These profiles of important and influential Clevelanders are part of a series of “Untold Stories,” presented this week on cleveland.com to commemorate the start of Black History Month.
CLEVELAND, Ohio – Jane Edna Hunter wrote in her autobiography, “A Nickle and a Prayer,” that even as a young girl, she viewed her life in religious terms — “a battle between good and evil — a spiritual quest.”
Virtually unknown outside of her adopted hometown of Cleveland, Jane Edna Harris Hunter was one of the most influential African-American social activists of the early to mid-twentieth century.
Arriving in Cleveland in 1905 from the South, the 23-year-old found it nearly impossible for a young Black woman to find safe, affordable housing and job in her field, even though she was one of only two professional Black nurses in Northeast Ohio at the time.
She was inspired by Booker T. Washington’s Atlanta Compromise – which called on middle-class Blacks to progress through entrepreneurship. Hunter embraced his call to build Black economic strength and to focus on self-help and schooling as a way to build self-sufficiency and community among young, unmarried African American women, like herself.
Jane had grown up in a tenement house in Pendelton, S.C. Born to sharecropper parents, her father, Edward Harris, was the son of an English plantation overseer and a slave. Her mother, Harriet, had been born on the same day that Abraham Lincoln signed the Emancipation Proclamation, making her a free woman.
When Jane turned 17, her mother forced her into a loveless marriage with 57-year-old Edward Hunter, in the hopes he would help support the family. But the marriage collapsed just 14 months after the wedding, and Jane left. She made her way to Charleston, where she trained as a nurse at Cannon Street Hospital & Training School for Nurses.
It was through church connections that Hunter met the secretary for John D. Rockefeller’s personal physician. Their friendship led to nursing jobs and the social connections “with people of all races, social classes who would discriminate, become benefactors or predators,” which shaped her future.
In 1911, Hunter established the Working Girl’s Home Association at E. 40th and Central Ave., where young women could live safely together for 5-cents a week. Two years later – with $1,500 in the bank — Hunter was able to incorporate and purchase a 23-room boarding house nearby.
By 1917, the need to expand again led to Hunter purchasing a 3-story building, as well as adjacent property, which were used for vocational training, job placement and social activities, as well as a home for Hunter’s newly-established Sutphen School of Music.
She changed the name of the home to the Phillis Wheatly Association (PWA), to honor the Boston slave, who become most notable African-American poet at the time.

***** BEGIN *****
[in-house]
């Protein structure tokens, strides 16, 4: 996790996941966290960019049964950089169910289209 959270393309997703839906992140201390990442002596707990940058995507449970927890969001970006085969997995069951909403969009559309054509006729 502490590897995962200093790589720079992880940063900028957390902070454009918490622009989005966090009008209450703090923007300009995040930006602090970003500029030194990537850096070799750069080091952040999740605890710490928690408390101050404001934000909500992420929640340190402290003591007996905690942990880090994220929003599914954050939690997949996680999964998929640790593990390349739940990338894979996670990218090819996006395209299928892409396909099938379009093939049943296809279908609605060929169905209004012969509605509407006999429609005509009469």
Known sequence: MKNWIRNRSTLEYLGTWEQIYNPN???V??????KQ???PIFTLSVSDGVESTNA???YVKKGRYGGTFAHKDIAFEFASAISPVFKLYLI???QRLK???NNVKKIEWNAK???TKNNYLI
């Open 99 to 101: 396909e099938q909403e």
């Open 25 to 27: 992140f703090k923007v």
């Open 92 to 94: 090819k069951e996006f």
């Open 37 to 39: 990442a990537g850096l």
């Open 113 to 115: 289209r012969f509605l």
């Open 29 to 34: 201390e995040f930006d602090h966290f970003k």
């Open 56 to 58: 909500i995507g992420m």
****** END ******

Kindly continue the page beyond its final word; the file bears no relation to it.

By now, Hunter was facing opposition and needed to prove herself to two groups. Some leading African Americans in the city objected to a segregated institution and called the PWA “the Jim Crow hotel for Black girls.” Hunter needed their support but also had to reach out to prominent white civic leaders, whom she needed for financial backing to expand her facilities.
She won over African-American ministers by showing that the PWA provided a wholesome atmosphere where Black women could lift themselves through education and work. However, Hunter secured the financial help she needed only by making concessions to whites. She secured Henry Sherwin’s (Sherwin-Williams) support only after acquiescing to his demand that prominent white women be named to the PWA board.
This battle led to Hunter enrolling in the John Marshall School of Law. She passed the Ohio bar in 1925.
The agency was growing quickly now, and by 1927, the PWA had become the single largest social services agency in Cleveland, and the largest residence for single African American women in the nation. It also served as a model for similar projects across the urban north.
With her newly-found financial support from rich white Clevelanders, Hunter built a 9-story building at 4450 Cedar Ave. which “allowed young girls to maintain their African American heritage and self-respect,” she wrote.
But the PWA was not just growing in Cleveland. Phillis Wheatly homes were springing up around the country. In 1939, the PWA was operating homes in Illinois, Minnesota, Connecticut, North and South Carolina. It had five in Ohio: the original in Cleveland, as well as others in Toledo, Oberlin, Canton and Steubenville.
First Lady Eleanor Roosevelt sought out Hunter to serve as an advisor on women’s issues throughout the Roosevelt administration.
In addition to her urban efforts, Hunter realized the need for respite from the cityscape and in 1930, purchased land and established Camp Mueller in the Cuyahoga Valley, where PWA members could enjoy nature.
Hunter served as director of the PWA until she retired in 1946, though she did remain active and was a strong voice in the city’s social services community. Once retired, she served as Director of the Empire Savings and Loan — a black-owned bank — and a realty company. She operated several rental units on the East Side of Cleveland. She also founded the Phillis Wheatly Foundation to provide scholarships for young black women. The foundation now annually grants about $100,000 in financial aid.
By 1950, there was a diminished demand for group housing and education for young women, so the PWA made a pivot to concentrate the needs of the surrounding neighborhood: recreation and cultural programming. It established a daycare, and neighborhood outreach. In addition, the PWA converted its housing into apartments for seniors and the disabled.
In the 1960s, Hunter was judged to be mentally incompetent and control of her finances was turned over to her attorney, Charles Hadley.
She lived quietly until her death is 1971. She is buried in Lake View Cemetery.
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